GALLOWAY TOWNSHIP — The biggest group of December graduates in the history of Richard Stockton College of New Jersey got their degrees Sunday, earning cheers from a crowd that packed the college’s sports center.

Stockton gave out an estimated 776 bachelor’s degrees and 95 advanced degrees to graduates who finished during the college’s summer or fall sessions. Those graduates drew enough family, friends and admirers to fill up the sports center, a building nicknamed “Big Blue” and set up Sunday to seat 4,000 to 5,000 people, with only a few chairs to spare.

Still, as big as the numbers were, Stockton is small enough that each graduate’s name was called, and each one got a handshake from the college president, Herman J. Saatkamp Jr. — who earlier had called this the school’s busiest December graduation ever.

But speaking of big, that moment of personal congratulations — along with the rest of the graduation — was shown on the two giant TV screens at the front of the gym.

Some of the graduates got small ripples of clapping as their names were called, and others got more raucous reactions from their personal cheering sections. But before anyone got their applause and awards, they got advice from a parade of speakers.

The main address came from Emari DiGiorgio, an English professor at Stockton and a published poet. Stockton’s provost, Harvey Kesselman, introduced her and noted that her “graduate degree is from New York University — which is a good second choice to her undergraduate degree from Stockton.”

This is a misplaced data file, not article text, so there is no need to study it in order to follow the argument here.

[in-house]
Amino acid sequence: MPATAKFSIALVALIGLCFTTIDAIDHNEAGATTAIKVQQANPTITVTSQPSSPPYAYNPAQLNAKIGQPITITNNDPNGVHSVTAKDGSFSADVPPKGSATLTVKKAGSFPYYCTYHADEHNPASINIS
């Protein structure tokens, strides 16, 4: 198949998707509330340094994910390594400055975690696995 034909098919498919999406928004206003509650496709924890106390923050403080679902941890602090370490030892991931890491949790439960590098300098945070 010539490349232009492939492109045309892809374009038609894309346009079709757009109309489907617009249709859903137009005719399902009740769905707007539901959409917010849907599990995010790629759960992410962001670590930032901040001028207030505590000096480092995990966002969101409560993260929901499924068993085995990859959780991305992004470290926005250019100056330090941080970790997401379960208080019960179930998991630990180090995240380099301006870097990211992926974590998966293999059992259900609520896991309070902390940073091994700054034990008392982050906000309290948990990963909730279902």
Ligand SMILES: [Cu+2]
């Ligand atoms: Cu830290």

DiGiorgio, of Ventnor, started with a story about one of her current students who had just found out that her teacher was the featured speaker at graduation.

“She said to me, ‘It’s like you’re someone famous — because you’re not that old,’” DiGiorgio said, smiling and adding that just 10 years ago, she was still a full semester short of graduating from Stockton herself, and haphazardly applying to graduate schools.

Now she’s an award-winning professor — New Jersey’s State Council on the Arts named her a “Distinguished Teaching Artist” earlier this year.

As several other speakers did, DiGiorgio noted some of the complexities of the world that these new graduates are entering.

“Fiscal cliff, school shootings, bombs over Gaza,” she said. “But I don’t believe any generation has had it easy. I’m skeptical of any ‘golden age’ — especially (one) built on the backs of the underprivileged.”

Still, she told the students that they can help create better times in the future, and not just for themselves.

“This is your world, and your life, and both are extremely malleable,” she said. “Take your degree and repair this planet.”

The student speaker at the ceremony, A.J. Vervoort, had served as president of the Stockton’s Student Senate. But Vervoort said he almost didn’t go to the school, because he was accepted at another college and planning to go there until he decided at the last minute to take a look at Stockton.

“After fighting for a parking spot, I joined the tour group,” he said, and he was impressed by the energy he found on the college’s heavily wooded campus. And he has stayed impressed, particularly in his last months before his graduation.

“After observing the Stockton community come together following Hurricane Sandy, my initial impressions were confirmed,” Vervoort said, remembering a “food drive, clothing drive, blood drive” and more attempts to help those affected by the October storm.

“Stockton is more than going to class,” he said. “Stockton is an experience of family.”

Contact Martin DeAngelis:

609-272-7237